×

Uh-oh, it looks like your Internet Explorer is out of date.

For a better shopping experience, please upgrade now.

Poisoned Pearls
     

Poisoned Pearls

4.0 1
by Leah Cutter, Carol Jacobanis (Read by)
 

See All Formats & Editions

Working at a sex & toy shop like Chinaman Joe's Good Luck Parlor keeps Cassie in smokes and off the streets. It isn't glamorous. But it's a life.

Then again, Cassie is just normal—not one of the blessed. No paranormal abilities, no telepathy, no pre-cognition. Normal.

But when someone kills Cassie's best friend in the alley behind the store, the police

Overview

Working at a sex & toy shop like Chinaman Joe's Good Luck Parlor keeps Cassie in smokes and off the streets. It isn't glamorous. But it's a life.

Then again, Cassie is just normal—not one of the blessed. No paranormal abilities, no telepathy, no pre-cognition. Normal.

But when someone kills Cassie's best friend in the alley behind the store, the police start looking at her hard, particularly when the post-cog on the case swears she's involved, somehow.

Then someone strangles a prostitute right there in the store.

Cassie knows the cops are wrong about everything. She didn't do it, and the deaths aren't about drugs.

But to prove them wrong Cassie has to stop the Norse gods she didn't know were real and prevent Ragnarok.

Her life will never be the same.

Product Details

ISBN-13:
9781522658238
Publisher:
Brilliance Audio
Publication date:
05/24/2016
Series:
Cassie Stories Series
Product dimensions:
5.25(w) x 6.75(h) x 0.50(d)

Meet the Author

Leah Cutter writes page-turning fiction in exotic locations, such as a magical New Orleans, the ancient Orient, Hungary, the Oregon coast, rural Kentucky, Seattle, Minneapolis, and many others.

She writes literary, fantasy, mystery, science fiction, and horror fiction. Her short fiction has been published in magazines like Alfred Hitchcock's Mystery Magazine and Talebones, anthologies like Fiction River, and on the web. Her long fiction has been published both by New York publishers as well as small presses.

Read more books by Leah Cutter at www.KnottedRoadPress.com.

Follow her blog at www.LeahCutter.com.

Customer Reviews

Average Review:

Post to your social network

     

Most Helpful Customer Reviews

See all customer reviews

Poisoned Pearls 4 out of 5 based on 0 ratings. 1 reviews.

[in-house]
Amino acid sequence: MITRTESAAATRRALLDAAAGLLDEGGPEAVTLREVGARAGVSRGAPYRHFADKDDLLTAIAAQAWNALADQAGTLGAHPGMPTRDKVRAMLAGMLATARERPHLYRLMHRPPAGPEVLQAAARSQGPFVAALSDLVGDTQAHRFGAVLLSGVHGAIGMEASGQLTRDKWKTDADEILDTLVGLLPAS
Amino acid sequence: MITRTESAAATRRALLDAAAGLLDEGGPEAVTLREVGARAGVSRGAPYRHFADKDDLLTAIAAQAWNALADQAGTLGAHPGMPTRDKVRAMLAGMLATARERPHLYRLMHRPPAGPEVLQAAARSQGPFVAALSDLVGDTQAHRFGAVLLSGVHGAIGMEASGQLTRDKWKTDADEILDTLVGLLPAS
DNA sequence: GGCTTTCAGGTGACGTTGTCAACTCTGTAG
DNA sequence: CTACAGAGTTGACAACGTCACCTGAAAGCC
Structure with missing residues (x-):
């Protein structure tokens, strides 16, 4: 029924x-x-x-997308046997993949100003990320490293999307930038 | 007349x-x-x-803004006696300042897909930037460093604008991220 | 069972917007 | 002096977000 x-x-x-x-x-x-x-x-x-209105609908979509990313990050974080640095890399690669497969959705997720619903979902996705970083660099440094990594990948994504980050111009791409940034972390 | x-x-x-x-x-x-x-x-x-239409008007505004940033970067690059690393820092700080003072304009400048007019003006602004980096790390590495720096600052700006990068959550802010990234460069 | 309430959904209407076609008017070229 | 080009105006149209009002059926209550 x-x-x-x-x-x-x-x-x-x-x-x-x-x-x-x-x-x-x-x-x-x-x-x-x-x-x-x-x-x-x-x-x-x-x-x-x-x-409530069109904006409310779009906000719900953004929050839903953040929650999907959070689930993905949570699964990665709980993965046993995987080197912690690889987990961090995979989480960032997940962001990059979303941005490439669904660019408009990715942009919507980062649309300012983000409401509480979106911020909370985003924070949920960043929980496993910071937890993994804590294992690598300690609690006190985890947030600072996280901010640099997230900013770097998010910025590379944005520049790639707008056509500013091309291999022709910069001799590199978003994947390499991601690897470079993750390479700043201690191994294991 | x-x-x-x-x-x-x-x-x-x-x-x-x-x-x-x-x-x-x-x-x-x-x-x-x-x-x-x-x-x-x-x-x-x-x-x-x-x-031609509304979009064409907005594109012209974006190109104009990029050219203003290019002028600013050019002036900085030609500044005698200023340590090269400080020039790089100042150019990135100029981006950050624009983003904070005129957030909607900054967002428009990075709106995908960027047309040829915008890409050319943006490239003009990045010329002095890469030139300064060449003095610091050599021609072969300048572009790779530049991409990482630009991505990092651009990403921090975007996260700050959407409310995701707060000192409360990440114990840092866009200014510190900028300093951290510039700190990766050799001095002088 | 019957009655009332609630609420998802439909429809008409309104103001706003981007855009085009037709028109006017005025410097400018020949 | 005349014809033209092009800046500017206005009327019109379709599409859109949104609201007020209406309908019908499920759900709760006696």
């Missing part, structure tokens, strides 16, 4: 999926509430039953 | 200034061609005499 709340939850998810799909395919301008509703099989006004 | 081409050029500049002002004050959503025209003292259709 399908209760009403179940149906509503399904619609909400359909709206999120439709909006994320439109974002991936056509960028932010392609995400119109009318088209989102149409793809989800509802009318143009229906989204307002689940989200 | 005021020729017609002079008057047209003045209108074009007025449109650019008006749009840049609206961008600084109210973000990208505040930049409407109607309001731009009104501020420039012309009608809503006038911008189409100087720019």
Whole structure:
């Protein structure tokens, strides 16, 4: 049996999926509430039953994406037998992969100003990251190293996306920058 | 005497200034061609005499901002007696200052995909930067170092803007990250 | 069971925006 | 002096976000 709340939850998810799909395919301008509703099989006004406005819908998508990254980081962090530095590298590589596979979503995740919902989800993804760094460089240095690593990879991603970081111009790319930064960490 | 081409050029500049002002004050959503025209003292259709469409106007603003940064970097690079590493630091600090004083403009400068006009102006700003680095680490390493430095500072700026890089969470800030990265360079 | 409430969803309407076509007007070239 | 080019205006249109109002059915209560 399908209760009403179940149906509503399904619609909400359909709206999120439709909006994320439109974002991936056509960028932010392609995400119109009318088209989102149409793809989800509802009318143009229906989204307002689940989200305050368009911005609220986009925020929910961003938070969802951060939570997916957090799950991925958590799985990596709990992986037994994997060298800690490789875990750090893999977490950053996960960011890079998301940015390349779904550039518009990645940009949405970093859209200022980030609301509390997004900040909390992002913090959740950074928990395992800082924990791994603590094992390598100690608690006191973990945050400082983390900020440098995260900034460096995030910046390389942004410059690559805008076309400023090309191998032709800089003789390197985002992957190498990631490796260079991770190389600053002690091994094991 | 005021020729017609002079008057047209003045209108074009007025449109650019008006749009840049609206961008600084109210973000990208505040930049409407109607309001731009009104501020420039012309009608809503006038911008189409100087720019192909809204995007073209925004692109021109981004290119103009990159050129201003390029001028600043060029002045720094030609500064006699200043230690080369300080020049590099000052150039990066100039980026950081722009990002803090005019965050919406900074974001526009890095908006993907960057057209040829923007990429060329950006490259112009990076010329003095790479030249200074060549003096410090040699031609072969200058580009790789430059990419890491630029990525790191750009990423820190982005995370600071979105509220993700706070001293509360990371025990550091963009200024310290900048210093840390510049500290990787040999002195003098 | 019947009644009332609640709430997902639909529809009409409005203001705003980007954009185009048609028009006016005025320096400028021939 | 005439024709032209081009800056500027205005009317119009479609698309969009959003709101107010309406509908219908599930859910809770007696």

SraediBoque More than 1 year ago
My first thought upon finishing this book: Well, that was fun!  The prologue set me off balance, making me feel like I was reading three stories but very curious as to how they would come together.. and come together they do! This book is gritty and risque. Science, psychic abilities and norse gods fit together like puzzle pieces with wisps of familial drama snuck in. I was curious about where the story was going and how they would meet and I was not disappointed. Early on in the story we learn that our main character, Cassie, is a lesbian. As a lady lover myself I appreciated this attribute as well as how it plays out in the book. She’s crass, flirty, stands by her friends and gets things done that need doing. She’s a character that I can get behind, pun absolutely intended. Her situation in life isn’t ideal but she doesn’t complain about it and is happy for what she does have. I enjoyed how she interacted with the other characters in the book, all of whom I found entertaining.  There’s an element of government/private industry/military involvement with the psychic abilities here that I thought it was well played.  and that concludes all of the POSITIVE things that I have to say about Poisoned Pearls.. Now onto my criticisms!...  *stares at ceiling*looks from one side of the ceiling to the other*makes fart noises with mouth* ah.. Well, it looks as though I have none! Although I do feel that I should warn there are topics here that may make some people uncomfortable, drugs, sex, bad language. If these things are an issue for you then I wouldn’t recommend delving into this very entertaining world.  Finally, here are a couple of quotes that I found extra amusing: "Careful, or you'll lose an eye," I joked.  "I'd finally stopped and looked at the date--December twenty-first, the longest night of the year. Normally, that was something I'd celebrate. All that extra loving time."